Big Bertha's Adventures

6 things I learned when I gave up the Java Chip Frappuccino


My trainer put me on a scale like no other.  It measured weight and gave all sorts of measurements that angered me.  I knew I gained weight but this scale told a thorough story.  That night I renounced my beloved Java Chip Frappuccino.

Friends were shocked.  The manager at my favorite Starbucks didn’t approve, stating the one constant in his life, was over.  I’ve been faithfully drinking the Java Chip Frappuccino nearly every weekday between 11 am and noon for more years than I care to admit.  I had also added weekend Java Chip Frappuccinos to my routine.

Last year I even dressed as a barista and performed a dance solo as a tribute to the Java Chip Frappuccino.  I’ve written poems about my drink and even commissioned a friend to paint Frappuccino art.  As you might suspect, I’m the FourSquare Mayor at my Starbucks—a role I’ve taken to the extreme by selling Java Chip Frappuccinos to complete strangers.

Friends asked when I’d return to drinking my Frappuccino.  I had no idea.  Maybe I treat myself to one a week?  Maybe I have one for special occasions?  Maybe for Christmas?  January 1st is a good day.

Every Friday I celebrated my anniversary of giving up the drink.  But really, I didn’t miss it.  This was shocking to most people.  Instead I enjoyed racking up the days…the weeks…the months of not drinking or missing the Java Chip Frappuccino.  It turned in to a game quite quickly.  Why quit quitting the Frappuccino, unless I have a good reason to have a drink?  And what reason is good enough to have a drink?

I reached 13 weeks + 4 days and had an epiphany.  I’ve proven it can be done.  I can give up my all-time favorite drink and not miss it at all.  If I have that much determination I can apply it to anything.  I found the switch in my head to turn off the craving.  I have no doubt in my mind I can continue without the drink.  So why not put my energy into something more important?  I set a date to drink my first Java Chip Frappuccino:  December 31, 2014.

I drove 30+ miles to reach my favorite Starbucks.  By this point I will admit, I was giddy, grinning ear to ear.  I half expected a Welcome Back Parade.  I’m proud to say I only drank half the drink before throwing it out and moving on with my day.  It was, after all, just a drink.

 

Here are 6 lessons I learned from this 13+ week experience:

1.  Disgust is an excellent motivator.

Harness disgust, disappointment, anger and frustration toward achieving something positive.  If you don’t like your circumstance you can get mad and do nothing.  Or you can get mad and make positive changes.  It is your choice.  Most choose to do nothing and spend their time wallowing in negativity.  Instead, use the emotions as fuel to change in a positive manner.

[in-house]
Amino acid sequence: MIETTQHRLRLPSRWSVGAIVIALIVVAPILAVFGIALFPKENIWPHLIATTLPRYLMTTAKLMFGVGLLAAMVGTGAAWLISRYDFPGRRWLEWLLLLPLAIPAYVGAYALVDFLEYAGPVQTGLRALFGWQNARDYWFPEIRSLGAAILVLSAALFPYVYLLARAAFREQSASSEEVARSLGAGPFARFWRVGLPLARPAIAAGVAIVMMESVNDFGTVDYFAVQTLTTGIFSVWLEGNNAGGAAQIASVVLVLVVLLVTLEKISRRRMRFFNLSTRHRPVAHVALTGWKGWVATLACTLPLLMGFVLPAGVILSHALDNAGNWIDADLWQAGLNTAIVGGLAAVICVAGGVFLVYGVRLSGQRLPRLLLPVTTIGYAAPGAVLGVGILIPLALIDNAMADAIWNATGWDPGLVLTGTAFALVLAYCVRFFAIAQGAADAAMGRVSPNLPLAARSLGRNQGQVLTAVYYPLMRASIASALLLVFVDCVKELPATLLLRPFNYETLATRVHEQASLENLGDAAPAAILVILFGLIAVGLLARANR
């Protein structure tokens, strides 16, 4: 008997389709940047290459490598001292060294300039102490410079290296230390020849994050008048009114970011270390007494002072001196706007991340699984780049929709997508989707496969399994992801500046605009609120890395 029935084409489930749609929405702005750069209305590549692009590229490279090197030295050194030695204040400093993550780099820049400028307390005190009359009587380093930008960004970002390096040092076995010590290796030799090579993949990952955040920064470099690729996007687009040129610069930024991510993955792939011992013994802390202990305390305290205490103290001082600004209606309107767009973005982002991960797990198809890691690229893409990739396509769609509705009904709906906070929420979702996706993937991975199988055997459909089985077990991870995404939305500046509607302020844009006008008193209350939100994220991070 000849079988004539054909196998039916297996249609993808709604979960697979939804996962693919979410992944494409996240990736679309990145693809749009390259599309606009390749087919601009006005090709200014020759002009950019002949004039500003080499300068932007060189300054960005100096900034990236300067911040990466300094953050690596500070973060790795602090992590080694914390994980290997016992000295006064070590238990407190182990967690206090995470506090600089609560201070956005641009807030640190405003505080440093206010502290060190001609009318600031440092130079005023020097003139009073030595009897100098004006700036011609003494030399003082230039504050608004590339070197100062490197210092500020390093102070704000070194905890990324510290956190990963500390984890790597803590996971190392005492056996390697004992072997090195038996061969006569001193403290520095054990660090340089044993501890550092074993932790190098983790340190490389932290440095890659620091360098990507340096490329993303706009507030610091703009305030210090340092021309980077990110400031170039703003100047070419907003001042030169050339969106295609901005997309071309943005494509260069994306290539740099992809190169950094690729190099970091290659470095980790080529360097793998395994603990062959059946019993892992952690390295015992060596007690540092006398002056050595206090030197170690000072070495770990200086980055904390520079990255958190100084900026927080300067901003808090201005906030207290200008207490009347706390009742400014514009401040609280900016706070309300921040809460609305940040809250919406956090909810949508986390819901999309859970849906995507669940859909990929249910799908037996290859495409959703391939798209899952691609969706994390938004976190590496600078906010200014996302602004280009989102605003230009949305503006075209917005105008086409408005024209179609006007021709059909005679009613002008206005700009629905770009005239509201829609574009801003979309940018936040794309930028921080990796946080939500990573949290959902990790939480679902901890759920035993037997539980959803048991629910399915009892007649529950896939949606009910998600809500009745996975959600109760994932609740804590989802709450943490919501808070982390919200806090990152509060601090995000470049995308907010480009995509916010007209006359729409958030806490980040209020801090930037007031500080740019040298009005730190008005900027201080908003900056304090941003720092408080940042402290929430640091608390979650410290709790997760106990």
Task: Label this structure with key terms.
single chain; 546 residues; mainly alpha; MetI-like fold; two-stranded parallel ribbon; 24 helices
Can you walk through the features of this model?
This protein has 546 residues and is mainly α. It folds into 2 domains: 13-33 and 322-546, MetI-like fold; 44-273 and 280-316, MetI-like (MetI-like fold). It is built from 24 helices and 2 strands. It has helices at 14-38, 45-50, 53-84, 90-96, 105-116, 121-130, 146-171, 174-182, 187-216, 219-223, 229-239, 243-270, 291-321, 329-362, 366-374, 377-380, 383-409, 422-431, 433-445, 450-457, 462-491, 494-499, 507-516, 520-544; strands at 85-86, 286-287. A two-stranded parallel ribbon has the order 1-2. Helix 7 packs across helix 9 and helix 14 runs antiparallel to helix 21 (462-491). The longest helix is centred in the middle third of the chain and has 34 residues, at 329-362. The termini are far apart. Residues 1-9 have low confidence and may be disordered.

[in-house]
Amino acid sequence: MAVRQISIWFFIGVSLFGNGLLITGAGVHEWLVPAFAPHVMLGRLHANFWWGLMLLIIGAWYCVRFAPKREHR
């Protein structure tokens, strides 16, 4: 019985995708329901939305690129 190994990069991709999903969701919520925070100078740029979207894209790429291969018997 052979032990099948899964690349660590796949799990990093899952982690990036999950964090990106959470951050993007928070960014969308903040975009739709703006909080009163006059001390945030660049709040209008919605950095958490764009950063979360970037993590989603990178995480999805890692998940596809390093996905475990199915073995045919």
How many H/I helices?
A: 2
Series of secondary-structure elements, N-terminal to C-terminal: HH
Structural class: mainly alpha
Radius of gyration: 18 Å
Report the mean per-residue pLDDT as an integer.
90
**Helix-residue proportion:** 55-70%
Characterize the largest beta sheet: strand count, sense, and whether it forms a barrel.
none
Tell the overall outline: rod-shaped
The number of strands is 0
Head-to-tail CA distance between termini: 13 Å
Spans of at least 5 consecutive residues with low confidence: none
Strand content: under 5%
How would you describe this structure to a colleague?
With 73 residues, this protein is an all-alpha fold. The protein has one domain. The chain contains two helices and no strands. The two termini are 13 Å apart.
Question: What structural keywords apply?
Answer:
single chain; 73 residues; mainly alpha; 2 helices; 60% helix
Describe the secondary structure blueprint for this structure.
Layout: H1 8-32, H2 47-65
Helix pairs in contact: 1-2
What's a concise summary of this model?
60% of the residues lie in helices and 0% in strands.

2.  Create your own happiness.

As much as I enjoy drinking my beloved Java Chip Frappuccino—it doesn’t determine whether I’m happy or sad.  No, I create my happiness by choosing to be happy.  I make a conscious effort to remain active and productive.

3.  I don’t want a Java Chip Frappuccino tomorrow.

I was genuinely concerned that once I’d “fall off the wagon” and have one Frappuccino that’d be the end of me.  I’d certainly want one every day for the rest of my life.  It turns out I have more self-control than I thought.  It’s just a drink and there are other ways to stay happy.  Sure, I’ll have one from time to time but not everyday.

4.  It’s ok to find pleasure in things but never forget they are just things.

We all like things.  New things.  Shiny things.  Techie things.  But they aren’t the be-all-end-all to happiness.  Take time to build relationships with people instead.  Take time to be grateful instead.  This will make you happier than anything you can buy.

5.  I enjoyed freedom from things and routine that I originally thought were important.

For the most part, the day could not end without having a Java Chip Frappuccino.  You can imagine how difficult it was to travel to places where Starbucks are not as common.  I’ve spent more than $6 on a Frappuccino in foreign countries.  Once I gave up the drink I was free.  No nagging feeling for the drink or the routine.

6.  I am capable of giving up something I love.

I’ve described the drink as the “elixir of life,” the “nectar of the gods,” the “reason to get up each day.”  I don’t mildly enjoy the drink.  I love the drink.  I guzzle it down in under 10 minutes every time.  Despite all this—I’ve proven my self-control is stronger than my love for the drink—and that is power!  That power can drive me to accomplish far more than I expect!

 

Now I encourage you to identify with at least one lesson and try applying it in your own life!

Big Bertha's Adventures

About the photo:
I required my friend to stop at Starbucks before we went to the Dallas Arboretum!
Camera:  Canon PowerShot G11
Date:  March 2013

 

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